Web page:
This is a sponsored post via United Healthcare. All opinions are 100% my own. - - -
Before you click away from what may seem a zzzzzz of a post, hang on a second. Health insurance may not be the most glamorous of topics, but making the right choices for your family can be a hefty task - and one that shouldn't be breezed over too quickly come open enrollment time. It is too important!
Also, did you know that you could be leaving money on the table? Almost 87% of health insurance applicants were eligible for discounts last year, and many are not aware of the money they could save. United Healthcare has very in-depth information and short easy-to-understand videos to get us all informed and help us to make the best decisions when it is time to enroll.
My family is quite healthy, but we spent a couple years trying to figure out Amelia's strabismus issue (via three eye muscle surgeries), which forced us to look closer at the health insurance selections each year. We had to choose wisely in the event she needed another surgery. And more recently, I had a pregnancy in one calendar year and baby's birth in January the following calendar year, so we had to look at various plans with that in mind. Currently, we have no imminent surgeries or major procedures planned, so we need to look at our health plan from a maintenance perspective and protection from any catastrophic events. We can't just check the same box on a form year after year if we want to ensure a smart and economical selection.
Most of the country laughed at Atlanta when Snowjam 2014 struck and stranded us all over highways and side roads for 9, 10, even 12 hours. It was no laughing matter; it was frightening for thousands of families.
The wrong combination of things simply hit at the same time that year - warnings not being taken seriously, school not being cancelled, parents commuting to work all over the city, the weather intensifying very quickly, and millions of people commuting home at the exact same time as roads grew whiter and more treacherous by the minute. Semi trucks blocked every lane of interstates and car tires spun and spun with no movement on the smallest of inclines.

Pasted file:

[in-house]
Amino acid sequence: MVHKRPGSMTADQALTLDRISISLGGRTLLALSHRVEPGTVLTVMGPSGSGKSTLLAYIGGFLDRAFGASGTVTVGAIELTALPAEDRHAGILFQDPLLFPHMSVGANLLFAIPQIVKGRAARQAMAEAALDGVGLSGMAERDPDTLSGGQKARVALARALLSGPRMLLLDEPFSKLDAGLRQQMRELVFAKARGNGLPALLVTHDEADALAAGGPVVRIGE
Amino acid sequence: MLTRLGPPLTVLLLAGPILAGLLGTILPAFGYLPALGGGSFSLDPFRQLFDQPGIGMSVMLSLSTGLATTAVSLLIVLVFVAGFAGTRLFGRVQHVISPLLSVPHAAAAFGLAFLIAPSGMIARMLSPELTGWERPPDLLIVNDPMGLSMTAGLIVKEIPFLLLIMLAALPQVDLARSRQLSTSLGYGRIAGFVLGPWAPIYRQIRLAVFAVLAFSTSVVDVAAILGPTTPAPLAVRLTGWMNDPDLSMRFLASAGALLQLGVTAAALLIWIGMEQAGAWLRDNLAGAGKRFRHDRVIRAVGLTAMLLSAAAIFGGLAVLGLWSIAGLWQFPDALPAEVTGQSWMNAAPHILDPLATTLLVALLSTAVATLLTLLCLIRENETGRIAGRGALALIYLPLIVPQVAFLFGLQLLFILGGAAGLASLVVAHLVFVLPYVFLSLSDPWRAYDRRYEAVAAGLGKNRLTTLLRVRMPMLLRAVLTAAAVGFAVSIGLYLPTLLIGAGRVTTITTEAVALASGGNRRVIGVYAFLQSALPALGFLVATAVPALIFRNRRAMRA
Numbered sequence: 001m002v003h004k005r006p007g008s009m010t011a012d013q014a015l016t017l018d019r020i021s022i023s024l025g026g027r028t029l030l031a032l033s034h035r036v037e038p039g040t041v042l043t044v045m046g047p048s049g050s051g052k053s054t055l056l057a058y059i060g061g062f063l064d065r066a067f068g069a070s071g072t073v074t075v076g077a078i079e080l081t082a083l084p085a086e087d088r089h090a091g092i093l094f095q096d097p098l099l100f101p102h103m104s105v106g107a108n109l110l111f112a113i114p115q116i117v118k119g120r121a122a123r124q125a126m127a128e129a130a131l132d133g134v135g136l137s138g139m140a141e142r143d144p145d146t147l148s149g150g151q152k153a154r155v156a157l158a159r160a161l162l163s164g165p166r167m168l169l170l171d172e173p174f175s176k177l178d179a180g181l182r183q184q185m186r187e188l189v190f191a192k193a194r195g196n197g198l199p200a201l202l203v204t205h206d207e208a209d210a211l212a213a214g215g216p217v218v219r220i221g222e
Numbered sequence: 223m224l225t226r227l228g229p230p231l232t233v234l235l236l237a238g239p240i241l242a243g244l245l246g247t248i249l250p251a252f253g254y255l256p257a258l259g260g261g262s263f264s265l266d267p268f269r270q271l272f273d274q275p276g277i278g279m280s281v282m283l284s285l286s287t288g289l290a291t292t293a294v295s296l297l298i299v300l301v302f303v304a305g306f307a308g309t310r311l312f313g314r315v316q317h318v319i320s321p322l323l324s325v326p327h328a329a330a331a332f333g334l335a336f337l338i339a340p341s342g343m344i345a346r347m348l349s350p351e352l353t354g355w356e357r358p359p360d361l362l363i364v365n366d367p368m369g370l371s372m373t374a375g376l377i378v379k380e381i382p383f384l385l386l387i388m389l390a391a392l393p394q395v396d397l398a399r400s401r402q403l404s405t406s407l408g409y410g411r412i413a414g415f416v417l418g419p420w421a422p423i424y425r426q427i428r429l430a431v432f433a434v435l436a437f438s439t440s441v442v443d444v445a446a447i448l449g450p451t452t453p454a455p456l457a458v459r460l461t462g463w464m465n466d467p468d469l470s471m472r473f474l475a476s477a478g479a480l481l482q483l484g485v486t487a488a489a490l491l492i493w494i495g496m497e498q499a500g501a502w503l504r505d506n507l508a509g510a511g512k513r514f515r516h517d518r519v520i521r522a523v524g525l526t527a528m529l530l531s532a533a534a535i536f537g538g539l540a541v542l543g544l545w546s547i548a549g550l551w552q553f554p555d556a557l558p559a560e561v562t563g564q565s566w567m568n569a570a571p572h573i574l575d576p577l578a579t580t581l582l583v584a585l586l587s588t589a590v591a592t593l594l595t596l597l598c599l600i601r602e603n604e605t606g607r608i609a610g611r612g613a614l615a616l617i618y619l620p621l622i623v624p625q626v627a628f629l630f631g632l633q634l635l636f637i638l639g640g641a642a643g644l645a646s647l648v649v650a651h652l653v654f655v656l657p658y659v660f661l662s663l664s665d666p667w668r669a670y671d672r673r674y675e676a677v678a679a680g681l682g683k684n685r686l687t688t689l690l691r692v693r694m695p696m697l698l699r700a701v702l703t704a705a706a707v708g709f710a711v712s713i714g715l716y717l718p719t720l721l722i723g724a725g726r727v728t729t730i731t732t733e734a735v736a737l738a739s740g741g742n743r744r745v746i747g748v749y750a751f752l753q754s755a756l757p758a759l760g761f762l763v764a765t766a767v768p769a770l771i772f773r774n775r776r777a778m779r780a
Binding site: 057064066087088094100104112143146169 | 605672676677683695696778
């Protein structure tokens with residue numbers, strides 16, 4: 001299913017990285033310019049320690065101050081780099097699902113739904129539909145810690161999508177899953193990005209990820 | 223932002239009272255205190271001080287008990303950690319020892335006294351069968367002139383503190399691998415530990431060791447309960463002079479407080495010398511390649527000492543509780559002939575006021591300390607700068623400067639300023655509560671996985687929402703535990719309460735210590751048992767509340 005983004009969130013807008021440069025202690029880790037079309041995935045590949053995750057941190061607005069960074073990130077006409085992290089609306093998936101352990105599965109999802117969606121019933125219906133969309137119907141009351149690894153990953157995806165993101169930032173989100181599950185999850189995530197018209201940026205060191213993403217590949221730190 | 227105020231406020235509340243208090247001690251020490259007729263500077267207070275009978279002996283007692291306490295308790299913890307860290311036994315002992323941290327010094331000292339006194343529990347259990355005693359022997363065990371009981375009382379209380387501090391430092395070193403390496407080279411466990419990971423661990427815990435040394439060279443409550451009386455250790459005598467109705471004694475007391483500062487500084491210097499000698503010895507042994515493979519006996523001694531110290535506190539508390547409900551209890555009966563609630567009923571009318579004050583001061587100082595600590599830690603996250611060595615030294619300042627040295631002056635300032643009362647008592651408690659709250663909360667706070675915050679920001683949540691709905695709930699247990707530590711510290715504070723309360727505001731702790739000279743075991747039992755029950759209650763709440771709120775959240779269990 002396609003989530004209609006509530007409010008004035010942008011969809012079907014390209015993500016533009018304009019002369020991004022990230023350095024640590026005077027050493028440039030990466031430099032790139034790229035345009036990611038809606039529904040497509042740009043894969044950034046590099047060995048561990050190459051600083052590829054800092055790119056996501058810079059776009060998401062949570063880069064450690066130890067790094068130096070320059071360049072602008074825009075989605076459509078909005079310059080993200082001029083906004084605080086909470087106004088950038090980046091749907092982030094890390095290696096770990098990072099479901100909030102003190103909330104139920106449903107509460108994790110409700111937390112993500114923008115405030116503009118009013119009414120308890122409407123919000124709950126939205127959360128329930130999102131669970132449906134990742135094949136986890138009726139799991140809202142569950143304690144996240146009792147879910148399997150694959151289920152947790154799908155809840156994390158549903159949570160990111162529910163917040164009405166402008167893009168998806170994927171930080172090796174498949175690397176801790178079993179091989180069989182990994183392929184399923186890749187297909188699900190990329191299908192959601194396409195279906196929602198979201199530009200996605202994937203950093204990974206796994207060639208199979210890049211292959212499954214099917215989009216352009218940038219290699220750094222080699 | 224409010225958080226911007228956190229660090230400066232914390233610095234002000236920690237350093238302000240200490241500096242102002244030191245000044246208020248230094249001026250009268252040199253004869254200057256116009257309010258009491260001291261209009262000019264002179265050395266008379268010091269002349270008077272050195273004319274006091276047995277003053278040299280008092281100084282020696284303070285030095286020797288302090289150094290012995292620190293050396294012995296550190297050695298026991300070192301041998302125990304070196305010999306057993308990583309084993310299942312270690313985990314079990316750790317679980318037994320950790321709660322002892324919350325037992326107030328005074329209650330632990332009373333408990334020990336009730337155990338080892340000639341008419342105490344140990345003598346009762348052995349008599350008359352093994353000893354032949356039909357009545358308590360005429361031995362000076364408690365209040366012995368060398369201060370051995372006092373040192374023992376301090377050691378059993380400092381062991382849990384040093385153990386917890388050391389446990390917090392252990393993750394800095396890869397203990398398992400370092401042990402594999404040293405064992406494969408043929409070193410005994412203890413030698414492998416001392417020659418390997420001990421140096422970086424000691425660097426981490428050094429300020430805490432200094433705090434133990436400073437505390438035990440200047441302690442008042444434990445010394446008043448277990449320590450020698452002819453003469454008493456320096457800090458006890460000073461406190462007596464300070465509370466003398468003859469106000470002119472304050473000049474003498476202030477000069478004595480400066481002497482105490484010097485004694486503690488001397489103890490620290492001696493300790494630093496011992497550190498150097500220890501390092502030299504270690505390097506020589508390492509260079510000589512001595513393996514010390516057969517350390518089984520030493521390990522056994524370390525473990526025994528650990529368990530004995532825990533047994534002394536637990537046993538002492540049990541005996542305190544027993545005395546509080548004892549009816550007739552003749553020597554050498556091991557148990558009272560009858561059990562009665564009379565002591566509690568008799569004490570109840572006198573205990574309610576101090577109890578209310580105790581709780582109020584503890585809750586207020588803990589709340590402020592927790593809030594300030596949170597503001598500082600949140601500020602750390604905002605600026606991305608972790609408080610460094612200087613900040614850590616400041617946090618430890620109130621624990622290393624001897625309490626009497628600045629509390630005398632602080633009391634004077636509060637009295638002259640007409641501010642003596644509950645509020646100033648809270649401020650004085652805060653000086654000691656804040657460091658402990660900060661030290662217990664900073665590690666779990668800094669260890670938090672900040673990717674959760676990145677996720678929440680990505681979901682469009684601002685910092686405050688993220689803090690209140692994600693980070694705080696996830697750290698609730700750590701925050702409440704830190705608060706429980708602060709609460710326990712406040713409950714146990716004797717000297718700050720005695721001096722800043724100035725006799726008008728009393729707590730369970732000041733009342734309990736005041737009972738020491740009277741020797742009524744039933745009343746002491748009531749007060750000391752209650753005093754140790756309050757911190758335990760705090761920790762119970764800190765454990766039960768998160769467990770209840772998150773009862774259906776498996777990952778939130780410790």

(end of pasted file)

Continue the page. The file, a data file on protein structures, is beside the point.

Despite being separated, my family was safe and warm that evening, thanks to my parents picking Amelia up from school a mere 10 minutes early and two-day old baby Andrew having Steve and I at the hospital. When winter halted metro Atlanta, I had a brand new baby boy.
Atlantans were stranded all over various streets and highways for hours. Many managed to pick up their children from schools but could not get home. Imagine this: A two-year-old in a car for ten hours, NO snacks, no water, no toilet, and a very stressed-out mom who cannot get in touch with her husband and whose own cell phone battery is minutes from dying. Or a young family with a 9-month old infant and NO bottles, or food, or even heavy coats because they were going right home.
How many times have you wished you could be on an HGTV show? So many for me, especially when I venture into our basement.
I have actually met David Bromstad (that smile is contagious!) but, alas, I was not allowed to bring him home.
My husband and I bought a new home about a year and a half ago and were quite pleased that a large portion of the basement was already finished with walls, carpet, cable hook-ups, and lighting. The prior owners used it as a movie theater space. We don't really watch TV down there, so it has become a catch-all space for any old furniture (the striped couches that don't match anything are from my single apartment days), plus the Wii game system area, plus a huge indoor "field" for raucous play when the weather is bad.
The space is a very long rectangle with no definition. You go down the stairs, turn right, and almost the entire length of the house is one brown and beige "bowling alley" space. The TV/Wii area is at the end and the empty space for beach ball soccer, Baggo-style games, and spreading MegaBloks is at the end closest to the stairs. The bathroom is finished well and is to the left of the stairs - it's the nicest space down there!
Part of me loves the big empty space for active play when we cannot go outdoors. The other part of me can't stand the complete lack of definition.
Our daughter just completed her fourth rec soccer season. It has been a lesson in patience many times, but also an enjoyable learning experience.
Now at the U8 level for her second season, we are finally seeing a real understanding of the game. Why and when to pass, how to protect your goal as a defender, how to play goalie, and the most critical concepts of offense and defense, for example. She attended a 5-day British Soccer Camp this summer which really honed her skills that she took to the field this fall. It has been fun to cheer her team on during Saturday games because they are finally real games!
But I do admit, the early seasons were quite entertaining.
Are you thinking of soccer for your little kids?
Here is a recap of the fun (and giggles) you will likely experience at the early levels...
Amelia began when she was just about to turn five. U5 = Under age 5 & U6 = Under age 6.
(1) Understanding body parts -- "No hands!" will be an overused phrase. I don't know how many times a U5 kid saw a ball coming near, and just bent down to pick it up. This, of course, was often followed by a proud glance to the sidelines. "Mom! I got the ball!"
I have a crawling and inquisitive baby at home. He has lightning fast reflexes when it comes to finding anything, picking it up, and shoving it in his little mouth. He tastes everything and he spends most of his day on the floor, so... I have become obsessed with clean floors.